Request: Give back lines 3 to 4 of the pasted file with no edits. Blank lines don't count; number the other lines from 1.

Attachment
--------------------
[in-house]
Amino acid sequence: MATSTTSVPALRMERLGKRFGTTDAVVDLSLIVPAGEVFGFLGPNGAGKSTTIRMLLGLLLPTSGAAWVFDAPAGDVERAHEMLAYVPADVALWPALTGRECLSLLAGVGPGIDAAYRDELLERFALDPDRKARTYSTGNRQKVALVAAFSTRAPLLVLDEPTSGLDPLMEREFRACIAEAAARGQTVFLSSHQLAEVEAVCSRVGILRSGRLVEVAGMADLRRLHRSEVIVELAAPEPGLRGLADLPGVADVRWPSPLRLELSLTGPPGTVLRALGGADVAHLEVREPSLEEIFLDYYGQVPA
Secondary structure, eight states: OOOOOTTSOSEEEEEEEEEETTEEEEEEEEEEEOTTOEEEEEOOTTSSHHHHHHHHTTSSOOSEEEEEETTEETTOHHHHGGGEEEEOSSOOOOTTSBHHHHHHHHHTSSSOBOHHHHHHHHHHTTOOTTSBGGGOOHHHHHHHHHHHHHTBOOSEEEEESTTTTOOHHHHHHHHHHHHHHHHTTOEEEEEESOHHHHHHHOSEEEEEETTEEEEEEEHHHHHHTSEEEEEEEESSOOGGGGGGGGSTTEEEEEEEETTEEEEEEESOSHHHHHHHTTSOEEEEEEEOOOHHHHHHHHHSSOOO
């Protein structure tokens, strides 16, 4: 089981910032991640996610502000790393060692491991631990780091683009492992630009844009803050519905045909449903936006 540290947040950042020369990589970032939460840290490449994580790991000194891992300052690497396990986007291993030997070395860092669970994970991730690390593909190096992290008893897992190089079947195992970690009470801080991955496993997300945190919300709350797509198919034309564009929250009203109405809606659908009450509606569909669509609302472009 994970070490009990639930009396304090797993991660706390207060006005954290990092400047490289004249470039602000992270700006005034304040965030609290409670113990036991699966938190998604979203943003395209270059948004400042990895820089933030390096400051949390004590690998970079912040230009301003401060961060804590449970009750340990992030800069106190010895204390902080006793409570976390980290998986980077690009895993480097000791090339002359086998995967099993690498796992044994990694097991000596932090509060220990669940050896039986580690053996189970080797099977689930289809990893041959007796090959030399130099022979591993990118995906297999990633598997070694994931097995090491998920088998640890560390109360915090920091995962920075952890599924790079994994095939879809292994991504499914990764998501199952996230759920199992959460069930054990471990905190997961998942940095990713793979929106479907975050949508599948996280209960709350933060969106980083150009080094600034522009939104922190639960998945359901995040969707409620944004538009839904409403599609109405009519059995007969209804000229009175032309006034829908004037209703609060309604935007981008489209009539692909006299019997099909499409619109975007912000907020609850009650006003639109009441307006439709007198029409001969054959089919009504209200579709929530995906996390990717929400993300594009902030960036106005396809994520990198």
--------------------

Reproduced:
Secondary structure, eight states: OOOOOTTSOSEEEEEEEEEETTEEEEEEEEEEEOTTOEEEEEOOTTSSHHHHHHHHTTSSOOSEEEEEETTEETTOHHHHGGGEEEEOSSOOOOTTSBHHHHHHHHHTSSSOBOHHHHHHHHHHTTOOTTSBGGGOOHHHHHHHHHHHHHTBOOSEEEEESTTTTOOHHHHHHHHHHHHHHHHTTOEEEEEESOHHHHHHHOSEEEEEETTEEEEEEEHHHHHHTSEEEEEEEESSOOGGGGGGGGSTTEEEEEEEETTEEEEEEESOSHHHHHHHTTSOEEEEEEEOOOHHHHHHHHHSSOOO
């Protein structure tokens, strides 16, 4: 089981910032991640996610502000790393060692491991631990780091683009492992630009844009803050519905045909449903936006 540290947040950042020369990589970032939460840290490449994580790991000194891992300052690497396990986007291993030997070395860092669970994970991730690390593909190096992290008893897992190089079947195992970690009470801080991955496993997300945190919300709350797509198919034309564009929250009203109405809606659908009450509606569909669509609302472009 994970070490009990639930009396304090797993991660706390207060006005954290990092400047490289004249470039602000992270700006005034304040965030609290409670113990036991699966938190998604979203943003395209270059948004400042990895820089933030390096400051949390004590690998970079912040230009301003401060961060804590449970009750340990992030800069106190010895204390902080006793409570976390980290998986980077690009895993480097000791090339002359086998995967099993690498796992044994990694097991000596932090509060220990669940050896039986580690053996189970080797099977689930289809990893041959007796090959030399130099022979591993990118995906297999990633598997070694994931097995090491998920088998640890560390109360915090920091995962920075952890599924790079994994095939879809292994991504499914990764998501199952996230759920199992959460069930054990471990905190997961998942940095990713793979929106479907975050949508599948996280209960709350933060969106980083150009080094600034522009939104922190639960998945359901995040969707409620944004538009839904409403599609109405009519059995007969209804000229009175032309006034829908004037209703609060309604935007981008489209009539692909006299019997099909499409619109975007912000907020609850009650006003639109009441307006439709007198029409001969054959089919009504209200579709929530995906996390990717929400993300594009902030960036106005396809994520990198």